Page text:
The submarine was the fourth decisive innovation in modern naval warfare. The first submersible was used in the American Civil War (1861-1865); powered by human power, it was ineffective. The submarines only became a weapon of strategic importance in the two world wars, when German submarines in particular inflicted heavy losses on the enemy. However, until about 1943 all submarines were purely submersible; only towards the end of the Second World War emerged with the submarine class XXI types that could remain under water for a long time as snorkel submarines . After the war, the introduction of new technologies, such as B. the nuclear drive and the "drop shape" of the hull, the time spent underwater and the speed under water are considerable. The size of the boats also increased to such an extent that one can speak of submarines.
The aircraft carriers appeared as the fifth innovation from around 1920 . In the Second World War - contrary to the expectations of most naval commanders - they became the main weapon of strategic naval warfare, especially in the Pacific, where large units of this type fought each other in spectacular sea air battles. But even in the Atlantic, the aircraft carrier became a guarantee for the victory of the Allies; here it was mostly smaller escort aircraft carriers whose planes ensured uninterrupted flight monitoring of the Atlantic convoys and thus increasingly affected the German submarines since 1942/43, so that their successes declined sharply. Germany, too, began building an aircraft carrier ( Graf Zeppelin ) from 1935 onwards , but this was never completed due to disputes over competence with Göring's air force and the course of the war.
Amphibious naval forces
The United States ( United States Marine Corps ) and Great Britain ( Royal Marines ) traditionally maintain larger amphibious combat units, which are often considered to be elite troops and are supported by specially built warships and boats. Even Russia , China, France and Spain possessed or have such units. In the past, they fought from the deck of sailing ships with infantry weapons against sailors or marines on the other side. At the end of the 19th century they became naval landing forces, who can also fight infantry alongside the army units on land for a long time and have their own logistics and communication for this. During World War II, amphibious operations became decisive not only in the Pacific War , but also in the landings in North Africa, southern Italy and Normandy. The types of ship used here include landing craft , larger units that only approach the coast, as well as landing craft that run aground on the beach to unload troops and material. Since around 1970, hovercraft - air cushion boats - have also been used to undermine defensive fire as quickly as possible. To support the landing forces there are special storm deck dropships, a combination of helicopter carrier and dropship, which have attack helicopters for tactical support.
Supply ships are of great importance in the aft sea space of all maritime overseas operations. They have fuel and supplies, spare ammunition and spare parts for the front units and can also provide repair assistance for small to medium-sized damage. Hospital ships today are large floating clinics, do not carry weapons and, especially in times of war, must be clearly marked as such on the outside (e.g. by means of light paint and large-area symbols). Both types are also used today in civil disasters, such as after the devastating seaquake off the Indonesian Banda Aceh .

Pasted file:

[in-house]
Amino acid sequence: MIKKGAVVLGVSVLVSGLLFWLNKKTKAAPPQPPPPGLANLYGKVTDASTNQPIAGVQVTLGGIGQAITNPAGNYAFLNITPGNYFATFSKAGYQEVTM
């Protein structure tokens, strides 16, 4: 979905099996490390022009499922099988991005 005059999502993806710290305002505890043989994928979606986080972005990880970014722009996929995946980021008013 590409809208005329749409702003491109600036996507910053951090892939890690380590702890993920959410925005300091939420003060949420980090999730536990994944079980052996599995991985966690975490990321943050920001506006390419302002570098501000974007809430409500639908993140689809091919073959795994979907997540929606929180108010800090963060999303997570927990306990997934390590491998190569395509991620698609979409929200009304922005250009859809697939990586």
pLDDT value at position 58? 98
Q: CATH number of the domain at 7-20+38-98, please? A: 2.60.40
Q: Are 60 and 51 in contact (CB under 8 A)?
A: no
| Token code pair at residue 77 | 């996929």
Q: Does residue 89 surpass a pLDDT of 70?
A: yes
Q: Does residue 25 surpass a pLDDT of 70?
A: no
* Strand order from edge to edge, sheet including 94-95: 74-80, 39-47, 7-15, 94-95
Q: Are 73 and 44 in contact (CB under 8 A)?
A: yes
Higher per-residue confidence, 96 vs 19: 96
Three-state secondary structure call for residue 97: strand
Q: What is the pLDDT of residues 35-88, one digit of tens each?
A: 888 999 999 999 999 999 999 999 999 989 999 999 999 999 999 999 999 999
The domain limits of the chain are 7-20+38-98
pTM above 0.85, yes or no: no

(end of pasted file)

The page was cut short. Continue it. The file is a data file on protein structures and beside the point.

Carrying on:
Naval forces of the future
The effect of sea- and land-based aircraft and, more recently, of ship-to-ship missiles suggests that the future belongs to submarines and aircraft carriers in strategic "Great Wars". Smaller surface vessels will support their cover and air surveillance, but otherwise they will rather “show the flag” - ie demonstrate presence and clout in “small wars” without ever actually having to use their firepower.
In any case, the latest trend in naval forces is moving from larger units (except for submarines and aircraft carriers) to smaller combat ships. The cruiser, already only available in the US and Russian fleets, seems to be disappearing, as is the destroyer . The names frigate (today a type of ship approaching the size of destroyers, often equipped with 1–3 helicopters) and corvette (similar, but smaller and usually also slower) are revived. The fight against piracy, one of the tasks of frigates and corvettes in the sailing ship era, will again be a main task of their modern namesakes in the future.
The air forces in each country are also generally called the Air Force; however, the word is often used to describe the German Air Force, especially as an opponent of the RAF / USAF.
As a branch of the armed forces, departments in the army and the navy were established first after the First or, in the case of the United States Air Force, in the Second World War. were merged into an independent armed force. Nevertheless, at a later point in time, naval and army aviators emerged in addition to the air forces. Characteristic of the states of the Warsaw Pact or the former USSR was or is the division of the air force into flying formations and air defense forces, in the case of the SU additional strategic air forces etc.
First World War
The biplane and triplane of the First World War were slow and initially unarmed, the pilot tried to hit the enemy machine with his pistol, the observer dropped small bombs with his hand. In this phase the aircraft only had reconnaissance functions. The legendary dogfights began with the synchronized machine gun that could shoot through the propellers. Bomb planes and zeppelins as bombers terrified London, even though the latter were easily flammable and the overall bomb load was low.